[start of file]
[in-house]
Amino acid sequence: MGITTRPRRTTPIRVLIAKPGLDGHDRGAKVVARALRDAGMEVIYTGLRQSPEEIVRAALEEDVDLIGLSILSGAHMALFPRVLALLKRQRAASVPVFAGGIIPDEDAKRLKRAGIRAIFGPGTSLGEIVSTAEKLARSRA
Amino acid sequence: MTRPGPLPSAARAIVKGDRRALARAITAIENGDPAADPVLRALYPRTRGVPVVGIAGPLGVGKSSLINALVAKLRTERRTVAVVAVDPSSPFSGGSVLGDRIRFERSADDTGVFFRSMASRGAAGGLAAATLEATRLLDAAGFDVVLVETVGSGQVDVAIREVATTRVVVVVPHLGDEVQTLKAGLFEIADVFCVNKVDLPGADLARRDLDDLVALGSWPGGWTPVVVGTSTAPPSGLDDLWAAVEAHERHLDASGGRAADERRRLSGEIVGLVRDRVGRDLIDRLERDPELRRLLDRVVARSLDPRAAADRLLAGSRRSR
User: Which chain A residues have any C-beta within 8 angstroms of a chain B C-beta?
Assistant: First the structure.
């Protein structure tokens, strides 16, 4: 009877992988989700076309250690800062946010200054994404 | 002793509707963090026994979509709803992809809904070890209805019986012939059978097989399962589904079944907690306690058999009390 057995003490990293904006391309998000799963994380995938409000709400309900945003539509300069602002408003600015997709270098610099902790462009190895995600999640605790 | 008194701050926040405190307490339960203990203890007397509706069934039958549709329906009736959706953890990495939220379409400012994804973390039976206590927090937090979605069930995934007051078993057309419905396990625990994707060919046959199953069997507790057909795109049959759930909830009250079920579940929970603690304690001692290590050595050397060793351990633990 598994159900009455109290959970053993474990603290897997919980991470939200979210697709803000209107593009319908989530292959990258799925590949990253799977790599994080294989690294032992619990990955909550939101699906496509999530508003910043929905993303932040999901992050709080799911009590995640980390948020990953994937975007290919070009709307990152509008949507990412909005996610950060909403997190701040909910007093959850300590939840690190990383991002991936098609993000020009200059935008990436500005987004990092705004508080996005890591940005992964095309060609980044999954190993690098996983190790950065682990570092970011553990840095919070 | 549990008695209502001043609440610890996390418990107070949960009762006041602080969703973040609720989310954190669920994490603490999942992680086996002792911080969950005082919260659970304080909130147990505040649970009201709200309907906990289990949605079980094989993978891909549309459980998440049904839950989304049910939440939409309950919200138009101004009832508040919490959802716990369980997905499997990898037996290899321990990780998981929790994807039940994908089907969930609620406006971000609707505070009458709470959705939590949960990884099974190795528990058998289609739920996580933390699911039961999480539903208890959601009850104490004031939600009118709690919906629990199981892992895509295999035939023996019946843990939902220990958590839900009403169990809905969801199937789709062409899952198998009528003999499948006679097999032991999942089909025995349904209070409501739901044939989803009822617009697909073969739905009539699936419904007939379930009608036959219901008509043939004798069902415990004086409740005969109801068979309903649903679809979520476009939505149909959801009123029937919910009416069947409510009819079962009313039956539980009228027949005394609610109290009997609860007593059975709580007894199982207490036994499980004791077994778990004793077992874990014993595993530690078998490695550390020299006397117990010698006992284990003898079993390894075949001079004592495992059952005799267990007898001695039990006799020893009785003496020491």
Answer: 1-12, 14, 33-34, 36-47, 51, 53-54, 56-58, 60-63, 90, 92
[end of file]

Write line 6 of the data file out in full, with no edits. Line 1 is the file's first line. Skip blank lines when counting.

């Protein structure tokens, strides 16, 4: 009877992988989700076309250690800062946010200054994404 | 002793509707963090026994979509709803992809809904070890209805019986012939059978097989399962589904079944907690306690058999009390 057995003490990293904006391309998000799963994380995938409000709400309900945003539509300069602002408003600015997709270098610099902790462009190895995600999640605790 | 008194701050926040405190307490339960203990203890007397509706069934039958549709329906009736959706953890990495939220379409400012994804973390039976206590927090937090979605069930995934007051078993057309419905396990625990994707060919046959199953069997507790057909795109049959759930909830009250079920579940929970603690304690001692290590050595050397060793351990633990 598994159900009455109290959970053993474990603290897997919980991470939200979210697709803000209107593009319908989530292959990258799925590949990253799977790599994080294989690294032992619990990955909550939101699906496509999530508003910043929905993303932040999901992050709080799911009590995640980390948020990953994937975007290919070009709307990152509008949507990412909005996610950060909403997190701040909910007093959850300590939840690190990383991002991936098609993000020009200059935008990436500005987004990092705004508080996005890591940005992964095309060609980044999954190993690098996983190790950065682990570092970011553990840095919070 | 549990008695209502001043609440610890996390418990107070949960009762006041602080969703973040609720989310954190669920994490603490999942992680086996002792911080969950005082919260659970304080909130147990505040649970009201709200309907906990289990949605079980094989993978891909549309459980998440049904839950989304049910939440939409309950919200138009101004009832508040919490959802716990369980997905499997990898037996290899321990990780998981929790994807039940994908089907969930609620406006971000609707505070009458709470959705939590949960990884099974190795528990058998289609739920996580933390699911039961999480539903208890959601009850104490004031939600009118709690919906629990199981892992895509295999035939023996019946843990939902220990958590839900009403169990809905969801199937789709062409899952198998009528003999499948006679097999032991999942089909025995349904209070409501739901044939989803009822617009697909073969739905009539699936419904007939379930009608036959219901008509043939004798069902415990004086409740005969109801068979309903649903679809979520476009939505149909959801009123029937919910009416069947409510009819079962009313039956539980009228027949005394609610109290009997609860007593059975709580007894199982207490036994499980004791077994778990004793077992874990014993595993530690078998490695550390020299006397117990010698006992284990003898079993390894075949001079004592495992059952005799267990007898001695039990006799020893009785003496020491």